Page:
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Singer Charlotte Church settles phone hack claim
Question of the Day
LONDON (AP) - Singer Charlotte Church, a former teen sensation who has been the subject of intense tabloid intrusion, has settled her phone-hacking lawsuit against the publisher of the News of the World tabloid, lawyers told Britain's High Court on Thursday.
The settlement announced in court with the defunct Sunday newspaper comes days before the case was due to go to court. Terms of the settlement were not immediately disclosed, with more details expected at a court hearing Monday.
Church, a popular singer who is now 25, has been famous in Britain since her early teens. In December she testified before Britain's media ethics committee, complaining bitterly about how Rupert Murdoch's tabloids had used illegal means to pry into her private life.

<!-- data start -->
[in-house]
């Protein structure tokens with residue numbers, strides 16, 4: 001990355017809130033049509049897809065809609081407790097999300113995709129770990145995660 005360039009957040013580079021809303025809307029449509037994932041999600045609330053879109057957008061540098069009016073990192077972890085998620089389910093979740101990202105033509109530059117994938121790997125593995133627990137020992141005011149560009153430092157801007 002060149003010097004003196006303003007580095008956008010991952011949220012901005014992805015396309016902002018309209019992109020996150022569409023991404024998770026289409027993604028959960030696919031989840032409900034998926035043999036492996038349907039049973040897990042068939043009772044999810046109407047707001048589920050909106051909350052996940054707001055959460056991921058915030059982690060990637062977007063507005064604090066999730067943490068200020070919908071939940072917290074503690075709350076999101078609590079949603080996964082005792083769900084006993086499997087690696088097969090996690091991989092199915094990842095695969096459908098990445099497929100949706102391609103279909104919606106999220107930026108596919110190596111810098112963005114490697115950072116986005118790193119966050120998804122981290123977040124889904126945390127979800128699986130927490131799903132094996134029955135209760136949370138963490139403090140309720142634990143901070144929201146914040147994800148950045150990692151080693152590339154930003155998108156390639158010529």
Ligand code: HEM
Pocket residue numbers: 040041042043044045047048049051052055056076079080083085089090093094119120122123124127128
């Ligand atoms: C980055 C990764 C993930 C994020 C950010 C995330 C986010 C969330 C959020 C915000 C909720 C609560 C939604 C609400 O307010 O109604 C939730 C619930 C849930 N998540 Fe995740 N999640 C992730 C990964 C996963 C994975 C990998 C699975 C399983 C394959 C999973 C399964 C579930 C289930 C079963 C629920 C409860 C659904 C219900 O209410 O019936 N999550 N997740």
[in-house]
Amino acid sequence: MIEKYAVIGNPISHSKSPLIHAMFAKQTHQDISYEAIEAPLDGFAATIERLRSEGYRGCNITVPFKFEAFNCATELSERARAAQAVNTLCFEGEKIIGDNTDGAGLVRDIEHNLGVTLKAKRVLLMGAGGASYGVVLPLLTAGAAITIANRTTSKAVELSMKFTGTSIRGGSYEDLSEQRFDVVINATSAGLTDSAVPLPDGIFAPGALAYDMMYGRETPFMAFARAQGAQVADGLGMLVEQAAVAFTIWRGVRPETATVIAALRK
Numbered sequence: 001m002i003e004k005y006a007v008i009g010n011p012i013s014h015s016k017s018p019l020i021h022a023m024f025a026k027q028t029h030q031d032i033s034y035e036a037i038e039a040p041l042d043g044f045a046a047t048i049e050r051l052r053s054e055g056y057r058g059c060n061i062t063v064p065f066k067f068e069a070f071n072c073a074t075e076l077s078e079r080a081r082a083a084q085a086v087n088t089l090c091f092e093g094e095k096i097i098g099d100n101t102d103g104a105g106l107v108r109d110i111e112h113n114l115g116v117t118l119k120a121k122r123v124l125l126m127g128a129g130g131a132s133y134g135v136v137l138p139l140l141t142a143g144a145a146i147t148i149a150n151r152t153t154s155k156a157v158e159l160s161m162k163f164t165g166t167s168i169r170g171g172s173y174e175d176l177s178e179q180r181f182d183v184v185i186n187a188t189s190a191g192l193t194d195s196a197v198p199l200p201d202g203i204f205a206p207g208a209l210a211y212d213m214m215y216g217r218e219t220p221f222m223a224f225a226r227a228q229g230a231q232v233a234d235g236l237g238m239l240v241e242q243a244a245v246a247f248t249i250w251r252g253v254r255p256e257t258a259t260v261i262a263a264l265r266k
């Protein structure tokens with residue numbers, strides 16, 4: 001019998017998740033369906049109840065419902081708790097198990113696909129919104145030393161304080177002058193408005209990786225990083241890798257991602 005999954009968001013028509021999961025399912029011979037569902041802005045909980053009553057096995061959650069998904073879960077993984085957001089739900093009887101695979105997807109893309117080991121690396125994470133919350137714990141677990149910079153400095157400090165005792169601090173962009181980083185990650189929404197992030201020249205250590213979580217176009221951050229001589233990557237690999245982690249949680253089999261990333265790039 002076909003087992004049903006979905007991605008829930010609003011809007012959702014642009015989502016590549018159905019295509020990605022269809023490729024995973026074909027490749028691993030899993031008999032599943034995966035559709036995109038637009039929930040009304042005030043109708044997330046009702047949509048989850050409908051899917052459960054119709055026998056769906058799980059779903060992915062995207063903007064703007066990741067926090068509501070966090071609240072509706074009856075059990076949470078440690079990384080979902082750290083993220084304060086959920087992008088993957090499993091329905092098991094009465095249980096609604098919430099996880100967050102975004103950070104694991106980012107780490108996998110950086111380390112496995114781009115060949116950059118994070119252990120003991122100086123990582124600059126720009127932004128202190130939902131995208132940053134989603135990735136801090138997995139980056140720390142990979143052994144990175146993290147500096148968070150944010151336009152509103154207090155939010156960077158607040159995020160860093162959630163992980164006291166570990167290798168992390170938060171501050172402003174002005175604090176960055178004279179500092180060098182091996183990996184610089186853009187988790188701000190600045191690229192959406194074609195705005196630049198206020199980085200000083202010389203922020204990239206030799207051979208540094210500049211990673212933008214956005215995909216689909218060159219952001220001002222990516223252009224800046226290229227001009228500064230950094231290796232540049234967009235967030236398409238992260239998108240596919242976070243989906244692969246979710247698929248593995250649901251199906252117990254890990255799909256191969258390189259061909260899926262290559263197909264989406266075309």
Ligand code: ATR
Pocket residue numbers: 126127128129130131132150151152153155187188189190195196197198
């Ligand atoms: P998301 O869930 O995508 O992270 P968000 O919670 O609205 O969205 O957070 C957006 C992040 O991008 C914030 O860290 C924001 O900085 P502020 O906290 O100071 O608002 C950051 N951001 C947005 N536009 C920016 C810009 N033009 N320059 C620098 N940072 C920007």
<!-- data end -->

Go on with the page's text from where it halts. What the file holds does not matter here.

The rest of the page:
She said the constant media scrutiny was unbearable, complaining that a tabloid reported she was pregnant before she had even told her parents, news she felt had to come either from surveillance or phone hacking.
On another occasion the News of the World reported on her father's extramarital affair under the headline "Church's three in a bed cocaine shock." Church said her mother had attempted suicide partly as a result of this invasion of privacy.
News International, a division of Rupert Murdoch's News Corp., has tried hard to keep phone hacking cases from going to trial. It has launched its own compensation program, overseen by a judge, and has paid out millions in out-of-court settlements for about 60 cases, settling with a variety of celebrities, politicians and relatives of crime victims.
Dozens more claims are in the pipeline, including one from Cherie Blair, the wife of former Prime Minister Tony Blair, who is suing News International for alleged phone hacking.
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